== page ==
Study design: A multiple-comparative study between normal and low back pain (LBP) patients before and after rehabilitation.
Objective: To examine whether there is a change in flexion-relaxation phenomenon in sitting in LBP patient following a rehabilitation treatment.
Summary of background data: There is an association between LBP and seated spine posture. Previous study has reported an absence of flexion-relaxation phenomenon in LBP patients during sitting. However, it is unknown whether there is a difference in flexion-relaxation phenomenon in sitting in LBP patients before and after rehabilitation treatment.
Methods: A total of 20 normal subjects and 25 chronic LBP patients who underwent a 12 weeks rehabilitation program were recruited. Surface electromyography recordings during upright sitting and flexed sitting were taken from the paraspinal muscles (L3) bilaterally from the normal subjects, and in the LBP patients before and after the rehabilitation treatment. The main outcome measures for patients include the visual analogue scale, Oswestry disability index, subjective tolerance for sitting, standing and walking, trunk muscle endurance, lifting capacity, and range of trunk motion in the sagittal plane. Flexion-relaxation phenomenon in sitting, expressed as a ratio between the average surface electromyography activity during upright and flexed sitting, was compared between normal and patients; and in LBP patients before and after rehabilitation.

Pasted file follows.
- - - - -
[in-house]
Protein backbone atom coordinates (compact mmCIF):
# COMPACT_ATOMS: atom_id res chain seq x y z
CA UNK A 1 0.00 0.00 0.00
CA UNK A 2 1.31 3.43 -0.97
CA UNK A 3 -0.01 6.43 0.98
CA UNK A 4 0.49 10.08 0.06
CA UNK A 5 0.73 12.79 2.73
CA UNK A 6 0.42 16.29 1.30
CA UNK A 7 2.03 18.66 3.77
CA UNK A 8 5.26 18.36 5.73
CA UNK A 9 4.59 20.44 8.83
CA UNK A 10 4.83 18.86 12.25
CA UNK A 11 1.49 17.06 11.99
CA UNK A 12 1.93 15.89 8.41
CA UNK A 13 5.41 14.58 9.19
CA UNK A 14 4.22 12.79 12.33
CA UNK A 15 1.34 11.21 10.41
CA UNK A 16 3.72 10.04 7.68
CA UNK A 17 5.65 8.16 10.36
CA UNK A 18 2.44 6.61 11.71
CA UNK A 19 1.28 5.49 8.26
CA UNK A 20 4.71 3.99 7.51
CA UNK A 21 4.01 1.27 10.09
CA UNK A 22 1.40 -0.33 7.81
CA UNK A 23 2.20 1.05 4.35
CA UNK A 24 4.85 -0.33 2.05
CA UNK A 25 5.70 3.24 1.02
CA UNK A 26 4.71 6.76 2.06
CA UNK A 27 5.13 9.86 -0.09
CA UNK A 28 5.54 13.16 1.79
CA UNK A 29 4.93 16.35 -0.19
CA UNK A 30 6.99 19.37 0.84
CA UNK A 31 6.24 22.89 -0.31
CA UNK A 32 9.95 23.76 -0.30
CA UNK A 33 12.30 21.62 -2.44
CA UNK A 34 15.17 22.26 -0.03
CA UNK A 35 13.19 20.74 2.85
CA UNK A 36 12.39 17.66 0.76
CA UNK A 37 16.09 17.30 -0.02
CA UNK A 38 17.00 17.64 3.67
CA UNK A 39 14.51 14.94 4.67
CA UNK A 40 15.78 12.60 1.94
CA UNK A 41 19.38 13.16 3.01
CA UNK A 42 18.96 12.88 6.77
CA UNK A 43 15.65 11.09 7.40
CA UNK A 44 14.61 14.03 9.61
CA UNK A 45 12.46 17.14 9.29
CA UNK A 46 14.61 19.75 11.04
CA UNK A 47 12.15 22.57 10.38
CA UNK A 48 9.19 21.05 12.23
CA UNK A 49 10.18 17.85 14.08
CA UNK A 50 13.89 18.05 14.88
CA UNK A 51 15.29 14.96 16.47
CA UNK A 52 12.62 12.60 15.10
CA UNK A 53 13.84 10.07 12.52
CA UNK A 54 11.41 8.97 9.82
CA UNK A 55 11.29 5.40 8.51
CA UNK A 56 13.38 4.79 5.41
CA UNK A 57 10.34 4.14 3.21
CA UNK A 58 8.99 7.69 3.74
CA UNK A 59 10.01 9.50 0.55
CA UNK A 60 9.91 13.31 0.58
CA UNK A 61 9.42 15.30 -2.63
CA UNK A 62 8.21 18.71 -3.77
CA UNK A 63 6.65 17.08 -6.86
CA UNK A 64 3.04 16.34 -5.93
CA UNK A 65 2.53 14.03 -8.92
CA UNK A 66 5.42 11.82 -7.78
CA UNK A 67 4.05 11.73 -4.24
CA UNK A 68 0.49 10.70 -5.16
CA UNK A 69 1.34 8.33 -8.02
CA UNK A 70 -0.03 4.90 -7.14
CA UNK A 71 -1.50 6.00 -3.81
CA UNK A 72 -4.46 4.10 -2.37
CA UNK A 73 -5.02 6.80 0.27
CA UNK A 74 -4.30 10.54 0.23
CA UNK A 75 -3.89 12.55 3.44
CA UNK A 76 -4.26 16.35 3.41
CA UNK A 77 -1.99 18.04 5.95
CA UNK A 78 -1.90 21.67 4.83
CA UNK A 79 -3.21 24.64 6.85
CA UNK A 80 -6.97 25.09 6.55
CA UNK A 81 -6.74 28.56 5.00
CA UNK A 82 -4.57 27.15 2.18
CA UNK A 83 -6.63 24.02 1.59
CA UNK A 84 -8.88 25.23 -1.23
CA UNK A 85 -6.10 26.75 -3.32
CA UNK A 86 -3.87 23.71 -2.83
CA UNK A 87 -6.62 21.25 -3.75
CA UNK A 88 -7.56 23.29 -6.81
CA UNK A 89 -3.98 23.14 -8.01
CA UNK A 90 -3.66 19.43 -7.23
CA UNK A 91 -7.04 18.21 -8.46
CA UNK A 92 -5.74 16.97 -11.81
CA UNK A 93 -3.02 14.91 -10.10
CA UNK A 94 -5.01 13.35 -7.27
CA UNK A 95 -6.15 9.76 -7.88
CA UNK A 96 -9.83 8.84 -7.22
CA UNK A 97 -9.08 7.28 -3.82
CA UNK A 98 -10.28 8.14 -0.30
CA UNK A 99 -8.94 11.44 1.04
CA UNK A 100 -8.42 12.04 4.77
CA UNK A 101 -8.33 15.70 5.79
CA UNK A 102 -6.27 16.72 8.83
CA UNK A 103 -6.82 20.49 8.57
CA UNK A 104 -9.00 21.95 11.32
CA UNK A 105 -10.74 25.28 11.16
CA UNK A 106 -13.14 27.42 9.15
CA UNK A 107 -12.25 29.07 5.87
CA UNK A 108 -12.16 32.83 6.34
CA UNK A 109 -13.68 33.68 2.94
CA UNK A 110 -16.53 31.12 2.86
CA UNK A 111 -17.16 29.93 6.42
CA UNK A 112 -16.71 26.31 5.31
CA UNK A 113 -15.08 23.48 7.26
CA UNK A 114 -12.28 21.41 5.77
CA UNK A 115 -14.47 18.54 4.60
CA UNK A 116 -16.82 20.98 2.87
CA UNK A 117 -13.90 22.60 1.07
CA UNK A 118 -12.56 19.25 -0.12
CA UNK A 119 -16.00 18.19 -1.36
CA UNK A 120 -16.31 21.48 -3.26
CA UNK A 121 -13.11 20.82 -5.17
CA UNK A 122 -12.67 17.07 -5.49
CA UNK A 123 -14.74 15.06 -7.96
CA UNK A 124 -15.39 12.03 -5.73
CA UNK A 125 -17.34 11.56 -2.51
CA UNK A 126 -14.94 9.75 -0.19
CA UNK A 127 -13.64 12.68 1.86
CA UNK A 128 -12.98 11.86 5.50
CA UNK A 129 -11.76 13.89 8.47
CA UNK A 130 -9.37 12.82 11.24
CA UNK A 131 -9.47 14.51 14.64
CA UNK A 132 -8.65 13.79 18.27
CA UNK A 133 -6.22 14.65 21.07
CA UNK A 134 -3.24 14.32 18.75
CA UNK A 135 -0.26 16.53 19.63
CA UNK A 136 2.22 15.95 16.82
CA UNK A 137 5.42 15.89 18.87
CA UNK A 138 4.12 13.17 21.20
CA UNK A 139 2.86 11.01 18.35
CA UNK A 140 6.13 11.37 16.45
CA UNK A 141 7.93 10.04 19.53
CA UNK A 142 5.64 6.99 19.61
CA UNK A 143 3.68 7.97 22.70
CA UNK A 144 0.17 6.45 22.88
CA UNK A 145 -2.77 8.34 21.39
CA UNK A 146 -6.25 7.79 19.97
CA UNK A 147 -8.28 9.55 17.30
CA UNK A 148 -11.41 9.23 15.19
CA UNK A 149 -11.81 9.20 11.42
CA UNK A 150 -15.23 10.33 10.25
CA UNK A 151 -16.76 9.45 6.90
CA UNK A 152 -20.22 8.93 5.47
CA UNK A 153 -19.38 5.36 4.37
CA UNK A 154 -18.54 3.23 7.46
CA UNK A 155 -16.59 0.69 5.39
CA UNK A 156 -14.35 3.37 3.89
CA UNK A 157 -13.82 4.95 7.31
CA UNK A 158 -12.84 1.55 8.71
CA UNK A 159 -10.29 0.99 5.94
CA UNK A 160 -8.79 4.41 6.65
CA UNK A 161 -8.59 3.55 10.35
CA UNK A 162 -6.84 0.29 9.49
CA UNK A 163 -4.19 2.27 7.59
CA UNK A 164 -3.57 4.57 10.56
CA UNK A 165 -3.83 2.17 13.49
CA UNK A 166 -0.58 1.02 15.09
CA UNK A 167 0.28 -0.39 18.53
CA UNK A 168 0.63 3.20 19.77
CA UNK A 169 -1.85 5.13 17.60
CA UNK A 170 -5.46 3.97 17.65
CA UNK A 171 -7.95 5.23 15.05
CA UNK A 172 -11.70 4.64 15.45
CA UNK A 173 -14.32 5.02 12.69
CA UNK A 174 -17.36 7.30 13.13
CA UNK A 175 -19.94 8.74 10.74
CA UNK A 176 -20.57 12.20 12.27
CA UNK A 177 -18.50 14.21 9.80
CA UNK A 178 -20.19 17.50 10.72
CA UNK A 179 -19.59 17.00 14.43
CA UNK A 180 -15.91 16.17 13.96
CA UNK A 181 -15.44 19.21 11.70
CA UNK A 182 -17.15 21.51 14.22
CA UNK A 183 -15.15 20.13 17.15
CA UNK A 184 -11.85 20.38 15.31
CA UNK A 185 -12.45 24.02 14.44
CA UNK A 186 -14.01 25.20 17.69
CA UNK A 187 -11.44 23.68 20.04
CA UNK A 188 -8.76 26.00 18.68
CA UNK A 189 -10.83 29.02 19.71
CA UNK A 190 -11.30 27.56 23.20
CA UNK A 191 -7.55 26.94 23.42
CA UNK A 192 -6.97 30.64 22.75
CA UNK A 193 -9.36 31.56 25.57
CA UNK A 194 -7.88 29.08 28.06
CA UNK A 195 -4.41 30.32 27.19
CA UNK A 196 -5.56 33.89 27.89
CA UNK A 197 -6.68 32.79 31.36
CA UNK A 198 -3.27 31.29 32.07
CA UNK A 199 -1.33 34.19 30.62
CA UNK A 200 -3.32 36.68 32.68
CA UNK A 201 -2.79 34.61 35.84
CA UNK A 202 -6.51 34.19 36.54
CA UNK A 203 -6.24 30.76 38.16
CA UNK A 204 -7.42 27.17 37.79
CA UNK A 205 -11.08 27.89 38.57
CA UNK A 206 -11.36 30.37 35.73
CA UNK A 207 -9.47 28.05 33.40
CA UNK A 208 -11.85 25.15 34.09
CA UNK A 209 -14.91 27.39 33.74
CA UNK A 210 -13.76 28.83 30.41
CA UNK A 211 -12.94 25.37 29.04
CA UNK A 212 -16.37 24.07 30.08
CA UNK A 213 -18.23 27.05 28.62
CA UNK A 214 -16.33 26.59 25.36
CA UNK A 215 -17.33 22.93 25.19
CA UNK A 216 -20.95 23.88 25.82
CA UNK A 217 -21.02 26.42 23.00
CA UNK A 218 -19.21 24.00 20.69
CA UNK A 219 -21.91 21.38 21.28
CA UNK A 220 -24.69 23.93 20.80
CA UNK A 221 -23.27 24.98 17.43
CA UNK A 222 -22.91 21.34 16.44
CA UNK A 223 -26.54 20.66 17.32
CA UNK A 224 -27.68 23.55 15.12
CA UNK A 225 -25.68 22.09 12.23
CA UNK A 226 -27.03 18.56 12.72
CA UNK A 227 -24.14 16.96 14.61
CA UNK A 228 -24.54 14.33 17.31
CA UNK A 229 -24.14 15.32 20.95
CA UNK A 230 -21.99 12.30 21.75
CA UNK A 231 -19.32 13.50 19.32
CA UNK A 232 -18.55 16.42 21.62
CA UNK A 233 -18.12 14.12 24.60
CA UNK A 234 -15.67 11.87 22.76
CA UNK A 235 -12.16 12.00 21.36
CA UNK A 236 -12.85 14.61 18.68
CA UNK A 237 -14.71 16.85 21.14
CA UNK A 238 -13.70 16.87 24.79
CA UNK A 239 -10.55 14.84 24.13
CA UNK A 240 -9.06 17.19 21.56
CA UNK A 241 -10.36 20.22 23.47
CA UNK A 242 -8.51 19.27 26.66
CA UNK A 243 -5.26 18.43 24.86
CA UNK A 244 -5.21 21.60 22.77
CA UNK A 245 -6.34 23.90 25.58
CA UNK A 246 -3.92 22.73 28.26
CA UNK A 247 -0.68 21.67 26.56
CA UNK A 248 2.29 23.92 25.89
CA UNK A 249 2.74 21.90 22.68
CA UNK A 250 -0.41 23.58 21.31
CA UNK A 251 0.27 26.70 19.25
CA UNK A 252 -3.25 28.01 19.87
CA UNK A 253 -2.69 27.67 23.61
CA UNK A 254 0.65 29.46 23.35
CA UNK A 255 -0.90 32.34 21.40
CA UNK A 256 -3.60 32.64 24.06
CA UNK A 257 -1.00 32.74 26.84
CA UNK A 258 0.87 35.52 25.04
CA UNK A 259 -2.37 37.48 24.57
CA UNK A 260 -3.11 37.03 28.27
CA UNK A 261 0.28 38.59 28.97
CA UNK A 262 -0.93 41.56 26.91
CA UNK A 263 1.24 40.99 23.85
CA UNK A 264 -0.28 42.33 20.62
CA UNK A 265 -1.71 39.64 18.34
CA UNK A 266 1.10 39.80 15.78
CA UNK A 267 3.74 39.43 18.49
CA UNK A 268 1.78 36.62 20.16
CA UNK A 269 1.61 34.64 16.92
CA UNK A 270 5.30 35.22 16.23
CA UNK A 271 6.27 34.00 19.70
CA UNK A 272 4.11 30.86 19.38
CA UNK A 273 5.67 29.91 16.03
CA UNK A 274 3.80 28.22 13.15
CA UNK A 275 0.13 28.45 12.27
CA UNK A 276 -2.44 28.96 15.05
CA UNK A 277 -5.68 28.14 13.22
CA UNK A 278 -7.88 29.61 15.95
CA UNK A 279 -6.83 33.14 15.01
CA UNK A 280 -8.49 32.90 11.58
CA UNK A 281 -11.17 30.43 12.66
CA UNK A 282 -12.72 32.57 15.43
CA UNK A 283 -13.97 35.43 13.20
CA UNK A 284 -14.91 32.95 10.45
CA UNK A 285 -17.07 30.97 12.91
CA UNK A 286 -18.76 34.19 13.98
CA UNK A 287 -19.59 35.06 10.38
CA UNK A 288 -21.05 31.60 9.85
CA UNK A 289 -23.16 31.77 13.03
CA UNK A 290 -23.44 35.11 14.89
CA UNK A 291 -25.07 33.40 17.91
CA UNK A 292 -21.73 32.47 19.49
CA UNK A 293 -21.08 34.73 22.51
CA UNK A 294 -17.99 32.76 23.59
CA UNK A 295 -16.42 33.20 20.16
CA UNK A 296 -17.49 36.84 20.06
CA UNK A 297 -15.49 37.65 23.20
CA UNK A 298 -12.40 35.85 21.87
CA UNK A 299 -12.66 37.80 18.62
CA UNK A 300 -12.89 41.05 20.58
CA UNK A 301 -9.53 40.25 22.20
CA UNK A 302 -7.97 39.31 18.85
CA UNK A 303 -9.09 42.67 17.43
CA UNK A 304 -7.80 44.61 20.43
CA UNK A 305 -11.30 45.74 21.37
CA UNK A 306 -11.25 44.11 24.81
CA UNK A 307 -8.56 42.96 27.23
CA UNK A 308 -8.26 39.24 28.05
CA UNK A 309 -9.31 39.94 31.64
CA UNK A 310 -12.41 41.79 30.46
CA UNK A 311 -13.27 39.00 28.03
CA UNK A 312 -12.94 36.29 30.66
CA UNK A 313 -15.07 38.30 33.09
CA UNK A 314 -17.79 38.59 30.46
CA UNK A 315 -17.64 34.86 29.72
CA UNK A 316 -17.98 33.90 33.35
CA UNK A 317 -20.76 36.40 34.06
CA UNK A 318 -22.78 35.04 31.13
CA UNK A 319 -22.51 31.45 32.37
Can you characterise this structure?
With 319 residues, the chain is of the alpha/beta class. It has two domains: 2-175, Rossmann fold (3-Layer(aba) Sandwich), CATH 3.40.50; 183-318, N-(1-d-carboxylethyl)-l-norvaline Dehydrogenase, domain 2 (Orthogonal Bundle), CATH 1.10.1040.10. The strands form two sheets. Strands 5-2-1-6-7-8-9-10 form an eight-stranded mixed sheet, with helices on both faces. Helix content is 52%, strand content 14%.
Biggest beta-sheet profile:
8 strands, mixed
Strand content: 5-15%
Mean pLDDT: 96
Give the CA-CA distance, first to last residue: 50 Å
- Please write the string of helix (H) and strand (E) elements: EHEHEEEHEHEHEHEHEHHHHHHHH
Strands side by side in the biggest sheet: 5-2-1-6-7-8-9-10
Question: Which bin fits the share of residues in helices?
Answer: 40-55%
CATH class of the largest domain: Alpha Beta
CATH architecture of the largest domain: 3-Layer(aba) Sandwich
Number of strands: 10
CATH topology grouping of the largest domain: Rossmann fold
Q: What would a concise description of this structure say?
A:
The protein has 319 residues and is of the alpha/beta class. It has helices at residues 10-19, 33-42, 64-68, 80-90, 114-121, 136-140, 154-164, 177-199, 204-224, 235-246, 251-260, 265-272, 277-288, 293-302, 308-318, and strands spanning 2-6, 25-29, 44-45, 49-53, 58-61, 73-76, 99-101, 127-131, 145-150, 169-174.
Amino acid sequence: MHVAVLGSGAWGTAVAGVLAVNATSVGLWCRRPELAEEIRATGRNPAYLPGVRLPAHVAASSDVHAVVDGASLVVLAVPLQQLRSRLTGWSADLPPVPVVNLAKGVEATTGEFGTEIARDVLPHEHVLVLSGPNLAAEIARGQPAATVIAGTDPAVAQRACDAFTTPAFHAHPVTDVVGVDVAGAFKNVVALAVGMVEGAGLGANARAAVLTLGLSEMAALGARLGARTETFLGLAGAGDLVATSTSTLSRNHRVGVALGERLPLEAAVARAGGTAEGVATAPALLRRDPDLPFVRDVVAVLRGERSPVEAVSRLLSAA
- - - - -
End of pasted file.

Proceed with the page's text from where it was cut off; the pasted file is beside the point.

Results: Flexion-relaxation ratio in sitting in normal subjects (Left: 6.83 +/- 3.79; Right: 3.45 +/- 2.2) presented a significantly higher (Left: P < 0.001; Right: P < 0.05) value than LBP patients (Left: 3.04 +/- 2.36; Right: 2.02 +/- 1.49). An increase in flexion-relaxation ratio in sitting was observed in LBP patients after rehabilitation (Left: 4.69 +/- 3.94, P < 0.05; Right: 3.58 +/- 2.97, P < 0.001), together with a significant improvement (P < 0.05) in subjective tolerance in sitting and standing, abdominal and back muscle endurance, lifting capacity, and range of motion. There were no significant changes in disability and pain scores, and subjective tolerance in walking.
Conclusion: Flexion-relaxation ratio in sitting has demonstrated its ability to discriminate LBP patients from normal subjects, and to identify changes in pattern of muscular activity during postural control after rehabilitation.